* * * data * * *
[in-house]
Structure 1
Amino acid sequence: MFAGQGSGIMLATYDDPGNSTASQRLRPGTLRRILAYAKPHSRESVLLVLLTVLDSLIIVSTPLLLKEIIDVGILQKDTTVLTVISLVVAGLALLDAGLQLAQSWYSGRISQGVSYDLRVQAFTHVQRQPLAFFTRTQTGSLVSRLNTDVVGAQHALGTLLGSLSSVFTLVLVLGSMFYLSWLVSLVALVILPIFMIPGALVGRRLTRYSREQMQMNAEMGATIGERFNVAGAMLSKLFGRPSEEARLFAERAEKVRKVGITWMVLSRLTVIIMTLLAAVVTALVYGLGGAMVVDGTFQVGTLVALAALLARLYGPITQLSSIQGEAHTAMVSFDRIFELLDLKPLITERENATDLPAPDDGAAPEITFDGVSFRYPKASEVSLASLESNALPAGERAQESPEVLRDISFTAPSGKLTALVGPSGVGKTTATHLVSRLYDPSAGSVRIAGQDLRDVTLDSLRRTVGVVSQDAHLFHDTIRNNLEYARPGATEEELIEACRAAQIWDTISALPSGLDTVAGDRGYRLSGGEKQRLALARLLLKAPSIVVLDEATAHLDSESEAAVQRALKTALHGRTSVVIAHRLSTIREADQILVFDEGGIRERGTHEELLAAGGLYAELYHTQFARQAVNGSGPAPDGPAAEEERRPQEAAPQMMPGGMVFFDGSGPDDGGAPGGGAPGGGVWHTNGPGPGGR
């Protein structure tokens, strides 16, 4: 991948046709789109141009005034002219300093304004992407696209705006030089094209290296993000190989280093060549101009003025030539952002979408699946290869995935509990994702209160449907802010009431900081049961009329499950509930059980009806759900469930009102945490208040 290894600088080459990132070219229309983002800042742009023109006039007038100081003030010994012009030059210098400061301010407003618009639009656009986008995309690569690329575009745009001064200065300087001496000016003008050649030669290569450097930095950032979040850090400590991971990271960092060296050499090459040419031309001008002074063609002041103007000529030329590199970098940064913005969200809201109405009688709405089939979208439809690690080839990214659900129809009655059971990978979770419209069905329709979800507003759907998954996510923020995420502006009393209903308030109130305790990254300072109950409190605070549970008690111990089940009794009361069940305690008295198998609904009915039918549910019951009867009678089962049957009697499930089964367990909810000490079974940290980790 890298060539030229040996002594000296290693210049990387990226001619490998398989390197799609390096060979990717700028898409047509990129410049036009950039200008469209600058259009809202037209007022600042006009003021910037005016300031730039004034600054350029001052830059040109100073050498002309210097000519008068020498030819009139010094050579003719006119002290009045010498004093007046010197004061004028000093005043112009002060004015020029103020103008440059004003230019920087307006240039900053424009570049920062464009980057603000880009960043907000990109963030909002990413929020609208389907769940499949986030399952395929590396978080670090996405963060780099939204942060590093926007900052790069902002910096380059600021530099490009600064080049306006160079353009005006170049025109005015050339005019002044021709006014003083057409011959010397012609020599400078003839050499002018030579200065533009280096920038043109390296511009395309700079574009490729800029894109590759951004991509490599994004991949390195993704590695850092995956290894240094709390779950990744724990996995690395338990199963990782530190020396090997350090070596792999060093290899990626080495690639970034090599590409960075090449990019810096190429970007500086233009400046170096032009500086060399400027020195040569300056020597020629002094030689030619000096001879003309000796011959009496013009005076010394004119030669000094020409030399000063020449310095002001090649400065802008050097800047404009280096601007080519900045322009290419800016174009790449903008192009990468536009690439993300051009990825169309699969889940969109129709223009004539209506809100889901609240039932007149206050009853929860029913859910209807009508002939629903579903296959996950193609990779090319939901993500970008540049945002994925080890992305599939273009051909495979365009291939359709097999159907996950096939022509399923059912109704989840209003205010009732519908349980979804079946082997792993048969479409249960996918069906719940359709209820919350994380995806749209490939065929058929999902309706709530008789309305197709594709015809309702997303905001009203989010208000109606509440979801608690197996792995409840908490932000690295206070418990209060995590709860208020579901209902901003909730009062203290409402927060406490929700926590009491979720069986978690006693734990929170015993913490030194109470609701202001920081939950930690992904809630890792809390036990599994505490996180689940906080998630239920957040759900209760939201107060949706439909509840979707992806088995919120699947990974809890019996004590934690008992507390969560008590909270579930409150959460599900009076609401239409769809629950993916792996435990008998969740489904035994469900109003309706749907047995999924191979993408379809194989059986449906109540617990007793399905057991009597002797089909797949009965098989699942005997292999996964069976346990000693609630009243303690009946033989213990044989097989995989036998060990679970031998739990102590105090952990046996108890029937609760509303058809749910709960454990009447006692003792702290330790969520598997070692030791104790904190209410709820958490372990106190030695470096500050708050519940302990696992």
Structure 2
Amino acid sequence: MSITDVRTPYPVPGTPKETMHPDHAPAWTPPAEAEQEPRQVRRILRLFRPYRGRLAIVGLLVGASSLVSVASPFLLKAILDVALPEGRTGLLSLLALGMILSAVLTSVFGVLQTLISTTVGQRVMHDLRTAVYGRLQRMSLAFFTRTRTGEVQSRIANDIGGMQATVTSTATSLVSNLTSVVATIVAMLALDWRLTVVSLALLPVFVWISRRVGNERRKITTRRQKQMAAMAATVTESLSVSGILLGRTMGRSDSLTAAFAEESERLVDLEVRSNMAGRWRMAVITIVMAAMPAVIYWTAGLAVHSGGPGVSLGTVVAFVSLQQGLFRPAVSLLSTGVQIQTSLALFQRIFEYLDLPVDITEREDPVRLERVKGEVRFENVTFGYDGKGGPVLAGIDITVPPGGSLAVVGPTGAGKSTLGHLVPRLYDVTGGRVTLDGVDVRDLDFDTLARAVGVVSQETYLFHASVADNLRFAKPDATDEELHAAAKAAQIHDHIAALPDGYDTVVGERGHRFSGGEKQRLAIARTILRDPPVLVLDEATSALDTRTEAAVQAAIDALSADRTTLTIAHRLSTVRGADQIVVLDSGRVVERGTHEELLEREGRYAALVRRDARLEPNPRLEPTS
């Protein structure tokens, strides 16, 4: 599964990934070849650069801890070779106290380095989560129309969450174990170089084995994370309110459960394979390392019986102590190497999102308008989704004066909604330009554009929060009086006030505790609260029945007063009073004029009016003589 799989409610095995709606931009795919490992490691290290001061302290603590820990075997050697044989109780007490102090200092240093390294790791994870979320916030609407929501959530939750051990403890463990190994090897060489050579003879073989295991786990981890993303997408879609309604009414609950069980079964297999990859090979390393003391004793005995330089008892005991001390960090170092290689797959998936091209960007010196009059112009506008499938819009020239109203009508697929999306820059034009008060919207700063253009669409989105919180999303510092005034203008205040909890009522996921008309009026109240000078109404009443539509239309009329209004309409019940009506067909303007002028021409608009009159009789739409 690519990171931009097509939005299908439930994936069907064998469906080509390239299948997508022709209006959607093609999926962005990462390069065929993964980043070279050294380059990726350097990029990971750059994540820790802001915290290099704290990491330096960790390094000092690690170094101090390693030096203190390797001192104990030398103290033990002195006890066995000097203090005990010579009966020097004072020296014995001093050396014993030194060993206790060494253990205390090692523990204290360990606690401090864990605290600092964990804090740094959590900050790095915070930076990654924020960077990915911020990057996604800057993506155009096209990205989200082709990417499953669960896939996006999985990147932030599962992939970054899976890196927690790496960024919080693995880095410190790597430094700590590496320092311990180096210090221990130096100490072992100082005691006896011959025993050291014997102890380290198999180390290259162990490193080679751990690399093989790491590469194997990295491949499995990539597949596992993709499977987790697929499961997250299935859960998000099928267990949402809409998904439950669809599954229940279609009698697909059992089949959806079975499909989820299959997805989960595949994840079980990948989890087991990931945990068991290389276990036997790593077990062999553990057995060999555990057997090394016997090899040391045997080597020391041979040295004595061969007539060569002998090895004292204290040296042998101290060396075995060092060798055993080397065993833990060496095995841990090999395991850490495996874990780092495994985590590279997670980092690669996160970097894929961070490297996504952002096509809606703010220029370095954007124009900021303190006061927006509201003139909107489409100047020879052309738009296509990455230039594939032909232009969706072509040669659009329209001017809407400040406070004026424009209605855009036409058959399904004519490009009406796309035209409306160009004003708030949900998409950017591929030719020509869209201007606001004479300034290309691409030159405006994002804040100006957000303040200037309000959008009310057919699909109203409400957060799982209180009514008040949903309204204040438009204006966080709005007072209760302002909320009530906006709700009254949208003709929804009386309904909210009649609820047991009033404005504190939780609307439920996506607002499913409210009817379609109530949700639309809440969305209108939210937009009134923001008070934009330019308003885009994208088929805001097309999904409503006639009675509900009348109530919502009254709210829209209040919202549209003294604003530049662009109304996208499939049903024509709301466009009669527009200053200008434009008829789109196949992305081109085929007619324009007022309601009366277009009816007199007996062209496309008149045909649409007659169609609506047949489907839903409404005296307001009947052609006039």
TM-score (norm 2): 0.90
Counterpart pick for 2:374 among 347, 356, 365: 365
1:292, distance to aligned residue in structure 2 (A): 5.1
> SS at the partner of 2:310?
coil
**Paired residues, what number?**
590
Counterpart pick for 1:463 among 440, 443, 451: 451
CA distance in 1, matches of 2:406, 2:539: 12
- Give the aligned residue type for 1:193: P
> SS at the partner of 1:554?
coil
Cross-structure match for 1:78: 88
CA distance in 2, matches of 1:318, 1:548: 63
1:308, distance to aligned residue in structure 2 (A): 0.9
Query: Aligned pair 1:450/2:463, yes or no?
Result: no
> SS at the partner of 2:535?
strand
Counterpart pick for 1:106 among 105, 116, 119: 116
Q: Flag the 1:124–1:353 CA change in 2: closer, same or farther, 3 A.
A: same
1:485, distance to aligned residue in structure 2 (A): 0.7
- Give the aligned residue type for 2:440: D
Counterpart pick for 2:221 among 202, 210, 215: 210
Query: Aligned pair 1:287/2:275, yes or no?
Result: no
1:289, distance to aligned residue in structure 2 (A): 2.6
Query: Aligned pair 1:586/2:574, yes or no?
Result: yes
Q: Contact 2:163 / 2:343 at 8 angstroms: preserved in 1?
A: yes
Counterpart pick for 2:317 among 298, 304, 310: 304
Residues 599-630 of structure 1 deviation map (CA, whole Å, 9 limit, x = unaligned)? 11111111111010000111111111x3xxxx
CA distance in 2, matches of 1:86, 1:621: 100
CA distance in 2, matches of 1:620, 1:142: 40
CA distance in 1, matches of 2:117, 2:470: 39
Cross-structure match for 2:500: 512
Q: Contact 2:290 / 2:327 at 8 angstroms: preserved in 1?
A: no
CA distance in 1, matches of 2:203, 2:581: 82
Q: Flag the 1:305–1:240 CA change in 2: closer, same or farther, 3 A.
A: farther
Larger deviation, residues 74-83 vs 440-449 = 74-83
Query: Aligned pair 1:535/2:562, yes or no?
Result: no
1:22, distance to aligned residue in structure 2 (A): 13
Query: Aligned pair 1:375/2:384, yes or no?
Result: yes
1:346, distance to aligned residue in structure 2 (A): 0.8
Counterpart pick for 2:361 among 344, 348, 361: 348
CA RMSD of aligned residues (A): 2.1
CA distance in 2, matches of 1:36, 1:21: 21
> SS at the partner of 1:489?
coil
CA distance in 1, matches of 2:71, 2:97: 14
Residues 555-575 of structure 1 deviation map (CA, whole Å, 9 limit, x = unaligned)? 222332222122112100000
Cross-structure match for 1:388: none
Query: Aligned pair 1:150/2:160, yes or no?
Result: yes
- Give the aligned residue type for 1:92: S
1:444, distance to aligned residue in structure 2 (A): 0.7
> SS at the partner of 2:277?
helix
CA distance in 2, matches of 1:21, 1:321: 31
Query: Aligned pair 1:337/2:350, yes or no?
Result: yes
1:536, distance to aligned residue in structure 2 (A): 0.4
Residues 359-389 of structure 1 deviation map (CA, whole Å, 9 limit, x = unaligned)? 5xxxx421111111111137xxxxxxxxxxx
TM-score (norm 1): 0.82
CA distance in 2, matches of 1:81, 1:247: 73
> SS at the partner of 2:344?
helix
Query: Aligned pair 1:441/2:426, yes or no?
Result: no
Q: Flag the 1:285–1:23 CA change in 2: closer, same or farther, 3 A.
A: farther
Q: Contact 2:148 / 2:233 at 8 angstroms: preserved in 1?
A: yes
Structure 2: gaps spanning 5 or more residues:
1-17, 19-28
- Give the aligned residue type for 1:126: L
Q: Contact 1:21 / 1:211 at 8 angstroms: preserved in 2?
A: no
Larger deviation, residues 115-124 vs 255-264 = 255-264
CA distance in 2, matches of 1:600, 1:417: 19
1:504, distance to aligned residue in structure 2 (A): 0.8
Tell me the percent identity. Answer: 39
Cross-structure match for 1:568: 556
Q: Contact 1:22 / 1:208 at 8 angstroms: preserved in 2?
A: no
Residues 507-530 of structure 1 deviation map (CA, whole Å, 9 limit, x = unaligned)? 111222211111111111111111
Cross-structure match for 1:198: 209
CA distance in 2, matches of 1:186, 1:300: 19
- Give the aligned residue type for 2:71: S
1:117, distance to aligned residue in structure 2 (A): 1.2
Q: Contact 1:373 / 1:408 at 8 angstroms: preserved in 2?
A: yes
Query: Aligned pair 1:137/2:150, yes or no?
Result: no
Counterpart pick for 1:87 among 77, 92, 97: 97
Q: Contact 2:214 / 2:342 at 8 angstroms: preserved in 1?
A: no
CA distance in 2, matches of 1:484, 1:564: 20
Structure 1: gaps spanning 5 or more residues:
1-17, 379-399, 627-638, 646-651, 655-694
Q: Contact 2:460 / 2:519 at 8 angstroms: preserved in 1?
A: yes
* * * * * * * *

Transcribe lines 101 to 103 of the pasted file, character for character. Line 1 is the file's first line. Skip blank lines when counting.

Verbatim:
CA distance in 2, matches of 1:186, 1:300: 19
- Give the aligned residue type for 2:71: S
1:117, distance to aligned residue in structure 2 (A): 1.2